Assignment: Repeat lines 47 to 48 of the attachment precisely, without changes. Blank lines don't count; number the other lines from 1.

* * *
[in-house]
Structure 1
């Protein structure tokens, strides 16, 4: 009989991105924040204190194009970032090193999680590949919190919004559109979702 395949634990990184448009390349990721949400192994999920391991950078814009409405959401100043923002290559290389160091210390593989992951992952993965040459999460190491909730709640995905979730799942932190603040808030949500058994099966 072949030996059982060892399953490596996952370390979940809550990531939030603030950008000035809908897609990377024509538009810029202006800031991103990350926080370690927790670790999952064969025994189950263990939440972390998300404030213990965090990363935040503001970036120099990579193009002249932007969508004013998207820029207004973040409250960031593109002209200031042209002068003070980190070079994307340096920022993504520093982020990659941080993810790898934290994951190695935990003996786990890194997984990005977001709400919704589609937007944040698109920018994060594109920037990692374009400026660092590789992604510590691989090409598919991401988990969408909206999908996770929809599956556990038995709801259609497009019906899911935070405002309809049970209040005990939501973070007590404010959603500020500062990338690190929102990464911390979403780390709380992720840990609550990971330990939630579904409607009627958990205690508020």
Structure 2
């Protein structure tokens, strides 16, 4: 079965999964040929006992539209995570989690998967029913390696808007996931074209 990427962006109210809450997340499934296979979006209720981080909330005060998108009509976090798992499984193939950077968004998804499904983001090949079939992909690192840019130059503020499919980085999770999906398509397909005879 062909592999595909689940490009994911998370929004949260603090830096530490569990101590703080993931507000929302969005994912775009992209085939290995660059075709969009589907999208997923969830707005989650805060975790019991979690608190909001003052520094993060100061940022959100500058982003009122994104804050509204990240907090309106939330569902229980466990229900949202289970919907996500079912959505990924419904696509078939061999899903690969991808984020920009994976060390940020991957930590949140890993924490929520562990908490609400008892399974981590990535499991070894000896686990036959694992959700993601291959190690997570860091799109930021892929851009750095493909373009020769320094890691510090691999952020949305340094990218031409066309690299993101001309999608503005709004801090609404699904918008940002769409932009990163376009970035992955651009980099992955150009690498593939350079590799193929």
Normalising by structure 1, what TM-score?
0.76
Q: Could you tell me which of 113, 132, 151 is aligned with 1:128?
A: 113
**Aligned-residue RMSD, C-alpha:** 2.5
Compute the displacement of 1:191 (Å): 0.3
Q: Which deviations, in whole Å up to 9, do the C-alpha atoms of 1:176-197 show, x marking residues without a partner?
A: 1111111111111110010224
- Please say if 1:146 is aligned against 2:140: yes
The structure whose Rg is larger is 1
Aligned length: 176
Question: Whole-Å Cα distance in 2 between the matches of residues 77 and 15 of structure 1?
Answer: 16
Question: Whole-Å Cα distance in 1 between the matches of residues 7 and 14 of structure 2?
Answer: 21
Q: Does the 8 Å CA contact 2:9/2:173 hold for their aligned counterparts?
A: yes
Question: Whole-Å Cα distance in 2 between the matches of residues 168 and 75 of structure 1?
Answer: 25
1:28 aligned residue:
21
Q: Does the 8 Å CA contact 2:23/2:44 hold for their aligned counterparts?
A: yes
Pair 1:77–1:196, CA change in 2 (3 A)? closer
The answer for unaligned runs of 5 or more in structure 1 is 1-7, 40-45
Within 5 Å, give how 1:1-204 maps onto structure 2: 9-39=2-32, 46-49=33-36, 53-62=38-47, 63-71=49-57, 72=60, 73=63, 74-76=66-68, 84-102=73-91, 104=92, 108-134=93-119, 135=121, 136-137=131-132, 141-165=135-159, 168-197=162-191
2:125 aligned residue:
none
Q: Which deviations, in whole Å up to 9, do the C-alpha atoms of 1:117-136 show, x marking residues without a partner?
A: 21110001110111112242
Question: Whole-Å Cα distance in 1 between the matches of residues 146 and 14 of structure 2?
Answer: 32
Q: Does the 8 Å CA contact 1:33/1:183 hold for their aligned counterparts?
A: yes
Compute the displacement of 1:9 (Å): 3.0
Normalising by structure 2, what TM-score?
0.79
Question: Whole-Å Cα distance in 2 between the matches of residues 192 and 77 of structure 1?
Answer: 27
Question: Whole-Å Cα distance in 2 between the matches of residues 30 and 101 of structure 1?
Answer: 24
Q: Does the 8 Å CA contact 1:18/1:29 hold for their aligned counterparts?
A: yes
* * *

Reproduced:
Q: Does the 8 Å CA contact 1:18/1:29 hold for their aligned counterparts?
A: yes